No one ever told me that grief felt so like fear…
Perhaps, more strictly, like suspense. Or like waiting; just hanging about waiting for something to happen. It gives life a permanently provisional feeling. —C.S. Lewis
As I’m grieving the loss of what was and the loss of what it seemed would be, these words from C.S. Lewis describe my experience with grief more accurately than anything else I’ve encountered. The weeks after I called off my wedding were characterized by fear –I was disoriented, anxious, and mostly, afraid. Afraid of numbness and of feeling, of newness and of sameness, of nothing and everything, of the past and the future and of being right here. I found that my feelings [and ensuing ugly cries] welled up most often in moments of transition –driving home from meeting up with a friend, packing up after being at my parents’ for the weekend, even in the transition from waking up to making coffee. During those weeks, I experienced peace, overwhelming kindness and an unmistakable assurance of God’s faithfulness + provision. Moments of hope interrupted by moments of fear.
The thing about grief is that it comes in waves –one minute you’re laughing over iced Americanos, and the next, you can’t breathe. But the thing about God that the wind and waves obey Him, that it’s He who tells the ocean how far it can go. He has parted seas and stilled stormy waters, and every day the motion of the tides reminds us that He’s still in control. He allows our grief, but He never abandons us in it. Its waves won’t overtake us, no matter how overwhelming they seem.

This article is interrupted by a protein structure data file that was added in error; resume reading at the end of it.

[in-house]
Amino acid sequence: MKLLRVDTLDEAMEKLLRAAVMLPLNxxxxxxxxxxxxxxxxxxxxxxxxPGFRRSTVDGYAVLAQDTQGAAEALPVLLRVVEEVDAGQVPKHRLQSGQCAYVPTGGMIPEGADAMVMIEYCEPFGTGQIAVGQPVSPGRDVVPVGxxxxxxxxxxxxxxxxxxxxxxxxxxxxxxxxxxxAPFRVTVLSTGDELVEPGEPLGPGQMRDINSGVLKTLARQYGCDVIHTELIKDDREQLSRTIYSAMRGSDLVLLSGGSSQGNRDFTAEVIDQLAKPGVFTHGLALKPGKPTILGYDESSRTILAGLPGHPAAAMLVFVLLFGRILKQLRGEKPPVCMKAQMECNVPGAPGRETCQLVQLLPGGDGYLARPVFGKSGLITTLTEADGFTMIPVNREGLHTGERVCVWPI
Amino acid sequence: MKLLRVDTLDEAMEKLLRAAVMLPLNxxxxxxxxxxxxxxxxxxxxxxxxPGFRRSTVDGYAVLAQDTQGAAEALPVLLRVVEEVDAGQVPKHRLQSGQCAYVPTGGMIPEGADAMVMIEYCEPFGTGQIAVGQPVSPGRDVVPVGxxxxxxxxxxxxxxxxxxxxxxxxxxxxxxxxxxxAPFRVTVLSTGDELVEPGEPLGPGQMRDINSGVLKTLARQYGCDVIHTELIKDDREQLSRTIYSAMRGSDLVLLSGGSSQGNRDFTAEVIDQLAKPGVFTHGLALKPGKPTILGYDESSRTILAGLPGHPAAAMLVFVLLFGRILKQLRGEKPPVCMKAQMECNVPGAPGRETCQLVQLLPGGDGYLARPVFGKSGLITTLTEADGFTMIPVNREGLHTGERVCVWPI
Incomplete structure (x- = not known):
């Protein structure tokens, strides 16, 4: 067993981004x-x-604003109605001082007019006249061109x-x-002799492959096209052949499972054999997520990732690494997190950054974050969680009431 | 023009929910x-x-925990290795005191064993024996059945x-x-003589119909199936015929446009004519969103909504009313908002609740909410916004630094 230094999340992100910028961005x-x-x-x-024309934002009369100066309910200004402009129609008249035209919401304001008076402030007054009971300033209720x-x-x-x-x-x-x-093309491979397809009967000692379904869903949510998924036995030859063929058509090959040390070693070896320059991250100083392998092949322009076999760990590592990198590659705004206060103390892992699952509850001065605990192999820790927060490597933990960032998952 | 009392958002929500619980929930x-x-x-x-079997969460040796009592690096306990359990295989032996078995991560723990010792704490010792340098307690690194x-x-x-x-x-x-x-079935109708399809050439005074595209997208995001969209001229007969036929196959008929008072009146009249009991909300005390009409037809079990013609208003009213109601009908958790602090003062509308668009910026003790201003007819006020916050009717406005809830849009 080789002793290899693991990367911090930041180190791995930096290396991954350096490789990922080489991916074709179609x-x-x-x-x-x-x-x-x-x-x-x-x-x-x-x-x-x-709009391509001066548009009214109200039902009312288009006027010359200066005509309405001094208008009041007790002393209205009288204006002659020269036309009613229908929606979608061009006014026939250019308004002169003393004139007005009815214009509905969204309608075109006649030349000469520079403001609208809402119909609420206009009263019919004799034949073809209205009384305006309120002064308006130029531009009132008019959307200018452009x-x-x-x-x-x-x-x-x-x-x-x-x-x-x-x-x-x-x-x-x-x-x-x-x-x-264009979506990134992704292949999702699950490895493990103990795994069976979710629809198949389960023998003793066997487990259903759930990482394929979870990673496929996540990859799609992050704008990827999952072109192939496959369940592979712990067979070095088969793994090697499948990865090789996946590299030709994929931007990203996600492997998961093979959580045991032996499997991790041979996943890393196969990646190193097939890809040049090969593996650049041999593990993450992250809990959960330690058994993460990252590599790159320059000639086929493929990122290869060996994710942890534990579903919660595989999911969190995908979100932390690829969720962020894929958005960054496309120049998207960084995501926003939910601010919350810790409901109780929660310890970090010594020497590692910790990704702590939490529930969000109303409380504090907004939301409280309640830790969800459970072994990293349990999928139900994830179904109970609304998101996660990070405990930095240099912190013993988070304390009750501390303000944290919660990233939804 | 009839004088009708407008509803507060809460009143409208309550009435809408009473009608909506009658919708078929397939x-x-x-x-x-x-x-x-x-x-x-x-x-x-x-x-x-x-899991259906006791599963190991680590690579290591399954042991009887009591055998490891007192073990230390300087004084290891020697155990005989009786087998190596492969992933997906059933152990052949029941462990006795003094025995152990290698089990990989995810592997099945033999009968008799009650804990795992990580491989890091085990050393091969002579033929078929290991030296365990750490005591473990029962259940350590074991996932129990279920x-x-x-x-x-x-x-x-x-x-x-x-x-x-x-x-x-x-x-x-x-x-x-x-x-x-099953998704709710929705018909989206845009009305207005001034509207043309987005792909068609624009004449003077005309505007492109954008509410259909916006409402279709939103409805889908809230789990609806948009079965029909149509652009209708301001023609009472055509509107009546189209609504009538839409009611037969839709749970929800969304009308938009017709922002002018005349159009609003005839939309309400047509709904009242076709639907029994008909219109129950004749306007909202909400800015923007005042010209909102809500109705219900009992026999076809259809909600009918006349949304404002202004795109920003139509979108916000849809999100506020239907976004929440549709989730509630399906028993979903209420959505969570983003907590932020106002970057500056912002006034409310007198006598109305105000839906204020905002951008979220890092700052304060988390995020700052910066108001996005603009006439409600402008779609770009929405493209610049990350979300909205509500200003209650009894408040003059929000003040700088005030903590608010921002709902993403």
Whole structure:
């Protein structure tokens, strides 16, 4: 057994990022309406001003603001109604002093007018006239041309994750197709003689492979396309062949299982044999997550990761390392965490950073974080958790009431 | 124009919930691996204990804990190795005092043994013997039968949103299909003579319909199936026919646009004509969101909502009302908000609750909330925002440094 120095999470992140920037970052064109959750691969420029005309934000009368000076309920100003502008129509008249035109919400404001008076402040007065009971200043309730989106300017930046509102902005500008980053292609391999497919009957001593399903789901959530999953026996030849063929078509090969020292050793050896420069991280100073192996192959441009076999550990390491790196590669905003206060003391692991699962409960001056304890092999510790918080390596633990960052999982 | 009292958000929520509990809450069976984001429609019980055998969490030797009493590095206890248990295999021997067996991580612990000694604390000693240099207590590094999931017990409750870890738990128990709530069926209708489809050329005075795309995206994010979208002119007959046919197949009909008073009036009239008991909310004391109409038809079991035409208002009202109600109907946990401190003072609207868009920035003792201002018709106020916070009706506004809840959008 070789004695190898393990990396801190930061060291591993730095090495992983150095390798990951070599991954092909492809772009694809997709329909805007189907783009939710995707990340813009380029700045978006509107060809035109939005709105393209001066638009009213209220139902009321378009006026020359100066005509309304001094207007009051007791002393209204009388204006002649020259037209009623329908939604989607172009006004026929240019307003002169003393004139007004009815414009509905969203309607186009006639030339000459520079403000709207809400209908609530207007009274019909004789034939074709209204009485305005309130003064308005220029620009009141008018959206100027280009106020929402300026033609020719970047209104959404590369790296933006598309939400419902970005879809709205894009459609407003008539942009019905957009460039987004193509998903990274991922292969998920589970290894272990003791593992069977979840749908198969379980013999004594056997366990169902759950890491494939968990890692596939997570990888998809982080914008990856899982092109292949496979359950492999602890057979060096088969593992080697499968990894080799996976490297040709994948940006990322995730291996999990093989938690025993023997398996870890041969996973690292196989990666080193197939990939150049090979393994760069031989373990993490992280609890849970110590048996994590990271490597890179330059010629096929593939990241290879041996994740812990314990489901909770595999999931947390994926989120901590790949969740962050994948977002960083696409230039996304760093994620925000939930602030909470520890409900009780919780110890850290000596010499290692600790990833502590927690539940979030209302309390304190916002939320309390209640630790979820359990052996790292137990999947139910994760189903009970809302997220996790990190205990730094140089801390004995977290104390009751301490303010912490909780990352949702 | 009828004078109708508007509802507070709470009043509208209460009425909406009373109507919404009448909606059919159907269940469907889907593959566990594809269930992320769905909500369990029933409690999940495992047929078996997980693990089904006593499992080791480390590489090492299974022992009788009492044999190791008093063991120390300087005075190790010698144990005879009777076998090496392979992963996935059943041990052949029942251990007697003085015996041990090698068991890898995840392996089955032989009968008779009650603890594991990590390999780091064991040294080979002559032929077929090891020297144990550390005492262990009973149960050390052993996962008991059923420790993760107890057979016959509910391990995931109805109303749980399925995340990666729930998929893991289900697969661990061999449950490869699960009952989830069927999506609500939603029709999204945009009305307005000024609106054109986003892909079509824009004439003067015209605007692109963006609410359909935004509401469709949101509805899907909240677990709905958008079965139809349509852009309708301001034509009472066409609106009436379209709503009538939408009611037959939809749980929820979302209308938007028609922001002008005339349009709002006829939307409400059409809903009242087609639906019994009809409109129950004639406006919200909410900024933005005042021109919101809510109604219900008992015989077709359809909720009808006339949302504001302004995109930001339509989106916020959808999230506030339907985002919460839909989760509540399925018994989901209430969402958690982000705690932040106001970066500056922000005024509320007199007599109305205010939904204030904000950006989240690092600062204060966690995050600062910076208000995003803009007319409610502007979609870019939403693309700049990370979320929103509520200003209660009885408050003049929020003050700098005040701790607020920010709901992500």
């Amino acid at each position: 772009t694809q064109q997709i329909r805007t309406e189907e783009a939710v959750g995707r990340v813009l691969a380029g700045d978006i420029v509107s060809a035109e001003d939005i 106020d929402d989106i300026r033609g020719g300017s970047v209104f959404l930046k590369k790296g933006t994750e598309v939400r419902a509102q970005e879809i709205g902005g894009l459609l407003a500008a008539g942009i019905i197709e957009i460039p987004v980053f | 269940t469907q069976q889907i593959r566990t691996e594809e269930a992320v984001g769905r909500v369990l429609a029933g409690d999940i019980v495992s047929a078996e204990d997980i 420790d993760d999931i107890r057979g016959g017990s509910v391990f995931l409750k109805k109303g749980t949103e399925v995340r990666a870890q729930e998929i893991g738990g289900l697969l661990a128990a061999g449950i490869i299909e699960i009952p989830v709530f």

I’ve been to the ocean three different times in this grief-season. The water is shockingly cold and wonderfully vast and there’s nothing quite like it for soul healing. I’m never more aware of my smallness, and in turn, of God’s muchness. In the earliest days –when I still had to remind myself to sleep, shower, and eat foods other than sweet potato chips, I had a dear friend who said, “We’re running away, and we’re going to the ocean.” It seemed like the best and only thing to do. Because standing in front of the ocean, you remember. You remember that God is much less safe and small and contained than you thought, that the roaring and crashing and swelling waves have always known His voice, that we won’t be swallowed up because of Jesus, who swallowed up death forever.